Diagnosis. Micrablepharus atticolus is distinguished from M. maximiliani (condition in parentheses) by the following characters: (1) fourth supralabial under the eye (fifth); (2) femoral pores present in both sexes, eight in males, 5-7 in females (10-15, males only); and (3) a pair of lateral and dorsolateral, longitudinal, white stripes on the body (lateral pair absent). Description.-Rostral distinctly visible from above, wider than high; in broad contact with internasal, nasal, and first supralabial. Internasal polygonal; as wide as long; contacting loreal, superciliar, supraocular, and frontal. Prefrontals absent. Frontal longer than wide, widest anteriorly. Frontoparietals two, small; with a short median suture; longer than wide. Interparietal hexagonal, longer than wide; occasionally with rounded posterior border. Supraoculars two; most anterior at least twice as large as posterior and reaching posteriorly to midlevel of diameter of eye. Most posterior supraocular much smaller and wider than frontoparietal. Superciliaries two; first twice as long as second; highest anteriorly. Parietals two, symmetrical; longer than wide; smaller than interparietal. Nasal pentagonal or subrectangular; entire or semidivided; longer than high; nostril in center of scale. Loreal small, square; infradiagonally followed by smaller frenocular. Supralabials seven; fourth under eye; the fifth highest. Subocular long, narrow; between frenocular and small postocular located above the fifth labial. Temporal scales smooth, cycloid; with sensorial pits. Eye large; pupil round. Series of small circumorbital granules present around eye. Eyelid transparent immovable; eyelid suture complete; hidden by superciliaries. Symphysial broad, longer than high; convex anteriorly, concave posteriorly. Postsymphysial almost as long as wide. Three pairs of genials in contact at midline with asymmetrical zig-zag suture; anterior pair smallest, posterior largest. Infralabials seven. Gulars enlarged, smooth, imbricate; in seven longitudinal and 9-12 transverse rows. Interbrachials seven, central one largest. Collar absent. Lateral scales on neck smooth, cycloid, imbricate, as temporals. Dorsals smooth, cycloid, imbricate, identical to ventrals; 16 rows at midbody. Transverse dorsal scale rows 31-34 from interparietal to posterior level of hind limb. Ventrals in 20-26 rows from interbrachial row to anal border. Preanal scales four; median pair of scales largest. Tail complete about 1.6 times SVL. Scales on unregenerated part of tail smooth, imbricate, cycloid; scales on regenerated part of the tail narrower, longer, distinctly lanceolate. Forelimb with smooth, cycloid scales; scales granular to tuberculate on palm. Inner finger absent; relative sizes of remaining digits: 2 = 5 < 3 4. Hind limb with smooth, rhomboidal, imbricate scales, except for posterior face of thighs with smaller, almost granular scales. Sole scales granular to tuberculate. Subdigital lamellae under fourth toe 13-17, single. Toes in order of increasing size: 1-2-5-3-4. Total number of femoral pores eight in males, restricted to proximal third of thighs; femoral pores in females 5-7. SVL of largest male 38 mm; largest female 43 mm. Dorsal ground color olive-brown to purplish-olive. Conspicuous white dorsolateral stripe, bordered above by narrower black stripe extending from most anterior superciliary to anterior third of tail. Lateral white stripe extending from first supralabial through the ear to tail, bordered below by another black stripe, passing over ear opening. Between these two white stripes, another black stripe extending from lateral face of head to tail. Tail bright blue. Forelimb with two distinct longitudinal stripes, one beginning from the lateral stripe that covers the ear; between these two light stripes, a larger black stripe with scattered light spots. Hind limb brown with scattered, irregular light spots and light stripe on posterior part of thigh; Venter of thigh immaculate white.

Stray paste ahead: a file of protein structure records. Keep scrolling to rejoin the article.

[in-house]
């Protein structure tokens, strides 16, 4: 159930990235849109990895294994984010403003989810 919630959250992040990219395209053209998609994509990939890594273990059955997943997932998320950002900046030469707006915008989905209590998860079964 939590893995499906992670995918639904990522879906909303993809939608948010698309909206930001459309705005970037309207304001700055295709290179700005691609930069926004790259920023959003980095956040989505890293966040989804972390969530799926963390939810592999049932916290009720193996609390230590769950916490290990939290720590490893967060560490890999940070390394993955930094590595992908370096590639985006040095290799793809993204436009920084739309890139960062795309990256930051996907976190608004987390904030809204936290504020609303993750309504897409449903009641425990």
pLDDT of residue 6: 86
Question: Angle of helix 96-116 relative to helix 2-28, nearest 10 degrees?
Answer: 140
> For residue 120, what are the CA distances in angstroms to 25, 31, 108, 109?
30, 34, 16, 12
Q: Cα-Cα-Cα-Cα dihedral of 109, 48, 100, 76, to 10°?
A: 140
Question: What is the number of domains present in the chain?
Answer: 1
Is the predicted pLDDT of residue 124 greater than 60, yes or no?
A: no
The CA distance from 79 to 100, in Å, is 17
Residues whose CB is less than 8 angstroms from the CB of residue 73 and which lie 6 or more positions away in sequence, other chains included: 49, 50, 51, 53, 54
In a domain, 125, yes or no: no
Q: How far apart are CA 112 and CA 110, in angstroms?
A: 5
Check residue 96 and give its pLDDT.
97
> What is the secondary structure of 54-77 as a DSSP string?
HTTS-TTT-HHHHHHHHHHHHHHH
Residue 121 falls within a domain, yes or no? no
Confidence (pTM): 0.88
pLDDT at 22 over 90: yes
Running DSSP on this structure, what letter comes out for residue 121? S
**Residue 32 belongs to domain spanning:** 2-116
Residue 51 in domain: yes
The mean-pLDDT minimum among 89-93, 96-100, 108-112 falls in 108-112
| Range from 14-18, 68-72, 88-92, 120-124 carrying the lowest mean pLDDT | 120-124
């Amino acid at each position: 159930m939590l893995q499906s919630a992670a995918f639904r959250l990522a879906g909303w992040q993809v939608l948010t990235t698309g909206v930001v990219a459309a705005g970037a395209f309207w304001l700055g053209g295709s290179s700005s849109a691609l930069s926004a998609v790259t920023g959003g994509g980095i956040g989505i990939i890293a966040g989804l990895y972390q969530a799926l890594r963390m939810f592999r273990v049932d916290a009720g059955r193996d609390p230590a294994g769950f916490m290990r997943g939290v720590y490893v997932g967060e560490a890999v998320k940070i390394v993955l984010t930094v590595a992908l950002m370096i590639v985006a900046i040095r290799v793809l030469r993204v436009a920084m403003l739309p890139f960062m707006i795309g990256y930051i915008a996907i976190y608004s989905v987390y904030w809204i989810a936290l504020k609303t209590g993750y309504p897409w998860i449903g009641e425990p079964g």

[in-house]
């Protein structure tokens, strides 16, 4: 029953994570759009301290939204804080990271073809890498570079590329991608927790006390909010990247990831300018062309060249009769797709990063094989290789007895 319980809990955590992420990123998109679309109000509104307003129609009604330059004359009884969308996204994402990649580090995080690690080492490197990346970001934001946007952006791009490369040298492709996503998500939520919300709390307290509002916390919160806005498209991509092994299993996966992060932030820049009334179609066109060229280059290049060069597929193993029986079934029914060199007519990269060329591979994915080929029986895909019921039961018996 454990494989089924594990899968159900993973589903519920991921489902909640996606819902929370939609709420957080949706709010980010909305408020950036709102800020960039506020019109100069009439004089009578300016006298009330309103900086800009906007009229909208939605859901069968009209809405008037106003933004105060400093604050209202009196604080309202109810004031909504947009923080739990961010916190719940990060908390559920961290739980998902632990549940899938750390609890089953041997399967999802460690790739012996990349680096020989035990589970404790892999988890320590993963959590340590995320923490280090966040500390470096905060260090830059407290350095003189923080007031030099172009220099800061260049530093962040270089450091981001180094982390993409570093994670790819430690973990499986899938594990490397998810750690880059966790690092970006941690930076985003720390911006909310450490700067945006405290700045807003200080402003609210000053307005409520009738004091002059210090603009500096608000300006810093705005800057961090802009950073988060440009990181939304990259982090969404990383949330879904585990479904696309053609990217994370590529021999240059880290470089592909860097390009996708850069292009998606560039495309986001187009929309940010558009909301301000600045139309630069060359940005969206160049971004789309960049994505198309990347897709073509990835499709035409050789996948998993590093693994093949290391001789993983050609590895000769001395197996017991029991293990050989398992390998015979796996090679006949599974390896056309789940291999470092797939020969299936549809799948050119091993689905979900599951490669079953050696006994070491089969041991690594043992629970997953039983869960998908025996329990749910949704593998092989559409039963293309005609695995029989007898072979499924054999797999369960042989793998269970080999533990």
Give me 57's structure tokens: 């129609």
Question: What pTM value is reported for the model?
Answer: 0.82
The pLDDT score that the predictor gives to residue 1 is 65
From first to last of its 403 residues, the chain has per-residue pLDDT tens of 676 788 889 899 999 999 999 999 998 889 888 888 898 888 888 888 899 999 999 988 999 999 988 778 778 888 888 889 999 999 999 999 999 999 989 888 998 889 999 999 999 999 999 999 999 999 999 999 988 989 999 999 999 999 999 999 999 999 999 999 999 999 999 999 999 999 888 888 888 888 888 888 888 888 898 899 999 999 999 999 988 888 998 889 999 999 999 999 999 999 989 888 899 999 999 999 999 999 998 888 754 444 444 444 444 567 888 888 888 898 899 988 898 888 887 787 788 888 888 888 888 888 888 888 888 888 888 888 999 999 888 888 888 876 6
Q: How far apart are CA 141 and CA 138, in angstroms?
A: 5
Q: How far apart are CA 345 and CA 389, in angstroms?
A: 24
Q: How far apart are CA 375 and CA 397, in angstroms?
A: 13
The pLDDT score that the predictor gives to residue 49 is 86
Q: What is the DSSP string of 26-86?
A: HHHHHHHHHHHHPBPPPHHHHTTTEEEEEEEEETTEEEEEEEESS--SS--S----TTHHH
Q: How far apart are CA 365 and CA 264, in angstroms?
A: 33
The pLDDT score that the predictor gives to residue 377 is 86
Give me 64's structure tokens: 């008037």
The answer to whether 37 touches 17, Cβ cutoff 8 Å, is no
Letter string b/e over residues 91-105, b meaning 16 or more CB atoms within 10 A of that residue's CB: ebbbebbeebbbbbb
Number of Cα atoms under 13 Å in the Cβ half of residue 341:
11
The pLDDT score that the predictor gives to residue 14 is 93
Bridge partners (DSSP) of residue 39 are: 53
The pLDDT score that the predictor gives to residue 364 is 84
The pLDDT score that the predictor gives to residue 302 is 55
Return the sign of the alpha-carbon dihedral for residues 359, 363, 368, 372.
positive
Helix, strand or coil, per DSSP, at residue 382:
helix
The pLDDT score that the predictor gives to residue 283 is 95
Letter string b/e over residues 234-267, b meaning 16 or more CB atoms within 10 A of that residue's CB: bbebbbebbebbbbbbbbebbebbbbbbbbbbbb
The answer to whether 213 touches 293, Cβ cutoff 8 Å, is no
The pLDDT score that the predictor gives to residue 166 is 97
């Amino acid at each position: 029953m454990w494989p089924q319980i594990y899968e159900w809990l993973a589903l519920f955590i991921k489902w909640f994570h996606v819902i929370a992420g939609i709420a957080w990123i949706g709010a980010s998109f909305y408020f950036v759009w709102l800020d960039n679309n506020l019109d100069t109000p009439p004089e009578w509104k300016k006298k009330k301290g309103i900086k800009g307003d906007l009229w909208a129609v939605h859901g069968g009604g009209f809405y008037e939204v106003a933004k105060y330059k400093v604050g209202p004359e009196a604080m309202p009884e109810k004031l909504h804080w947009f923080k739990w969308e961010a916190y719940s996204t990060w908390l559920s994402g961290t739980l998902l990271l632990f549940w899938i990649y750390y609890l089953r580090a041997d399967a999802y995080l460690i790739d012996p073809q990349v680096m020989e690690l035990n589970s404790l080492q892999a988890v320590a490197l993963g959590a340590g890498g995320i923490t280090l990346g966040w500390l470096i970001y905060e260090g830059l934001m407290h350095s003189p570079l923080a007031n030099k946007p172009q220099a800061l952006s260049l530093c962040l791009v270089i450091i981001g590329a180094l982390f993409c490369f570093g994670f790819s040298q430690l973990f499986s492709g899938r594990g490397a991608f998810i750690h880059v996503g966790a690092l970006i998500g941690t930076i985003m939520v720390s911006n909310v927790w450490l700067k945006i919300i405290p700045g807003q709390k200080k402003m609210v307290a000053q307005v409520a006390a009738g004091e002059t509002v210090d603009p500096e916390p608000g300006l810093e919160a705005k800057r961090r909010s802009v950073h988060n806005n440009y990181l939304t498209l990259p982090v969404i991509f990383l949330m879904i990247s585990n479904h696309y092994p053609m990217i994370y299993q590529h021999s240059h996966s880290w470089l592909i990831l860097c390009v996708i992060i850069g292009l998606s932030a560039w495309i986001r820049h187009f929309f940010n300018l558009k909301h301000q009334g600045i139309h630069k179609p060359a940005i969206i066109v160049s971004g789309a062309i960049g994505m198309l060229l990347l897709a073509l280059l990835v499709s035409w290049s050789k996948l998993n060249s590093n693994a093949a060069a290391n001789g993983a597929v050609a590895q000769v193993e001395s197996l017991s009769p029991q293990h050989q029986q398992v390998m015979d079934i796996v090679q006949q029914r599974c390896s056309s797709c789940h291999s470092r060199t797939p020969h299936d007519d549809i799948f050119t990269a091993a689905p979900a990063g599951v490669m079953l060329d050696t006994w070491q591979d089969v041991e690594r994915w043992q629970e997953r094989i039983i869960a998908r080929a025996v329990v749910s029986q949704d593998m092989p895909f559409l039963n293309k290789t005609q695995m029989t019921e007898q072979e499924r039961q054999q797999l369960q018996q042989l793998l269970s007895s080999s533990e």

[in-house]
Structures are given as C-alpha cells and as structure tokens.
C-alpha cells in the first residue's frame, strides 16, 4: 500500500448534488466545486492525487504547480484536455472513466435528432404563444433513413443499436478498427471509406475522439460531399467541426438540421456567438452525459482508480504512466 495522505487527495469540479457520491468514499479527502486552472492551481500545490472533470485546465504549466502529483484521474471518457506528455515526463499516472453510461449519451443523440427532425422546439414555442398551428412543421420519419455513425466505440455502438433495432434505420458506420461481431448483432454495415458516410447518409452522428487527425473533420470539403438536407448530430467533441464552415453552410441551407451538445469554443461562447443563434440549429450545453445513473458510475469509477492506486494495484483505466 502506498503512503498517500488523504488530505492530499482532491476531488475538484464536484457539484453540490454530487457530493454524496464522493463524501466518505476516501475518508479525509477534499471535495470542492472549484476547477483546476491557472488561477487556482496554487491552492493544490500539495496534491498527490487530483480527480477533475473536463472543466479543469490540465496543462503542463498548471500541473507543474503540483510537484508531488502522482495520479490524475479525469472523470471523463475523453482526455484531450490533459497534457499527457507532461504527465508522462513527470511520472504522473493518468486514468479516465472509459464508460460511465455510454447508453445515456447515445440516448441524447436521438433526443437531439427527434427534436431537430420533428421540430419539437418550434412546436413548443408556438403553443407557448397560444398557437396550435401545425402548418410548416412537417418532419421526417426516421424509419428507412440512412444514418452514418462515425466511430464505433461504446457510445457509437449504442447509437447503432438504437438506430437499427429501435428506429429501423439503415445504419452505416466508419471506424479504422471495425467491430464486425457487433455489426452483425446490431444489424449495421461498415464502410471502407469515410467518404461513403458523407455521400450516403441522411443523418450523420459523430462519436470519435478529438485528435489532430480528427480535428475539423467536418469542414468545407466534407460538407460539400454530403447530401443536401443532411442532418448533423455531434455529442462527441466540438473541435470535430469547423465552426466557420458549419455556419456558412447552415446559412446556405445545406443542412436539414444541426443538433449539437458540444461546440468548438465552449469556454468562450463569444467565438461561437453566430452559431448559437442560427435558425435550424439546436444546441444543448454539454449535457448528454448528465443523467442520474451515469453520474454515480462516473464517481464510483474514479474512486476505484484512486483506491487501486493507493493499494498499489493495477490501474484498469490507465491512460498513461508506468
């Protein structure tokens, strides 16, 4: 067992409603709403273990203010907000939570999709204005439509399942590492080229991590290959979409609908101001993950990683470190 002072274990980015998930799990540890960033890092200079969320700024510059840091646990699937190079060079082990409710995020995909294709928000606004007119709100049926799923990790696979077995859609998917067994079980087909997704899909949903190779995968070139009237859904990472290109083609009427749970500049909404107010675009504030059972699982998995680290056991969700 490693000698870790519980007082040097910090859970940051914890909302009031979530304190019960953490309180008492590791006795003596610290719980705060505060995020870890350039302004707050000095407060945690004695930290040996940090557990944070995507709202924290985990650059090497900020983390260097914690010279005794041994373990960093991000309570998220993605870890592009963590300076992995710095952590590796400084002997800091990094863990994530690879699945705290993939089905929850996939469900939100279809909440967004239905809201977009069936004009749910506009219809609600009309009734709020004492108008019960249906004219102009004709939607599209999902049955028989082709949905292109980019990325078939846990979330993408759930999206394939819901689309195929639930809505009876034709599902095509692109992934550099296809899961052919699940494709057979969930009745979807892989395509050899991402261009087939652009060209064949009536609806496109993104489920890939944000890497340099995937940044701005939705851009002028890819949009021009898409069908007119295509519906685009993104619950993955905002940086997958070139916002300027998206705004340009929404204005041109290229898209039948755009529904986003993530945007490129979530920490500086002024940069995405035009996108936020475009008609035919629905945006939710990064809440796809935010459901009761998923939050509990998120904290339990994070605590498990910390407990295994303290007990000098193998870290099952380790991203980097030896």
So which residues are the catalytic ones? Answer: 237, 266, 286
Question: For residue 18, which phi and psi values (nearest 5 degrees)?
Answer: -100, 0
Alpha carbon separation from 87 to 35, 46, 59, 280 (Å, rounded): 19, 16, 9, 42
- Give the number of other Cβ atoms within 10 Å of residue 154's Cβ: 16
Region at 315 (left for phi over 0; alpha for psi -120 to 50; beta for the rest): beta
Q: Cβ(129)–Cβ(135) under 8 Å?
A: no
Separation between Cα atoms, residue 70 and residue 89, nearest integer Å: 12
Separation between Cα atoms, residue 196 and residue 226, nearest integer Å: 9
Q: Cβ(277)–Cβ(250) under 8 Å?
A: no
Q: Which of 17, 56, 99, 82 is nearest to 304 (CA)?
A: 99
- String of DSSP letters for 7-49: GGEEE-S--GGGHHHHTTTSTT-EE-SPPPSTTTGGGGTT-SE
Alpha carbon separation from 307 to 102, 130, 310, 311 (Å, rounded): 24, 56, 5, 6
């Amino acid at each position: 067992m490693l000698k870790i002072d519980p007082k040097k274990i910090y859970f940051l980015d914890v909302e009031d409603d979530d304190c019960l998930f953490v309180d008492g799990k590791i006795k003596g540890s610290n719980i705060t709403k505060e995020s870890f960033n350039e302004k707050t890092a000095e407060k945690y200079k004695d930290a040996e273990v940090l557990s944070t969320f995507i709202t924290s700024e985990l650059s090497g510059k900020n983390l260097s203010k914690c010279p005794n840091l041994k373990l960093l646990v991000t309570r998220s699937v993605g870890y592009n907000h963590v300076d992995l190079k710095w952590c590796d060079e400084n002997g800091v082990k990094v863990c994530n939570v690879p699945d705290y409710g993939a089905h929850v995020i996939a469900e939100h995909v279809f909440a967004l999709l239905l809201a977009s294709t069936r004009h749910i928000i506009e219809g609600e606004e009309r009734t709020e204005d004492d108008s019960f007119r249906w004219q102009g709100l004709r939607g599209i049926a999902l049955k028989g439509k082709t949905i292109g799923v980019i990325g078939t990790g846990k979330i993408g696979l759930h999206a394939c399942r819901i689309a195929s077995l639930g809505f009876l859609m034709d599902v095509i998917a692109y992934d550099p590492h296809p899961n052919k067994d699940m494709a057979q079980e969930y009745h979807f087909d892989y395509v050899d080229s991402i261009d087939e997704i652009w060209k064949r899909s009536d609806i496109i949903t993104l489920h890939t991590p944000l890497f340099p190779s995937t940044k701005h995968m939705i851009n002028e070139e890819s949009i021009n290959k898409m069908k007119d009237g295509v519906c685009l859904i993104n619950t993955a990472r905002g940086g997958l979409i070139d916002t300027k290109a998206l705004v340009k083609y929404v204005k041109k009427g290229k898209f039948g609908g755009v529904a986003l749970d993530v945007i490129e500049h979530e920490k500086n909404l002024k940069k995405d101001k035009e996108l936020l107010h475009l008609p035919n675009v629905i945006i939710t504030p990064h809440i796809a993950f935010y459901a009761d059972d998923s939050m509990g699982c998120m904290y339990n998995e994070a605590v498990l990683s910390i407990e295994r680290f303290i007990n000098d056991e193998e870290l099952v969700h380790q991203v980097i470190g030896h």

EtymologyThe epithet specific is an adjective that alludes to the nests of the leaf-cutter ants (Atta laevigata) where these lizards seek refuge and frequently are found.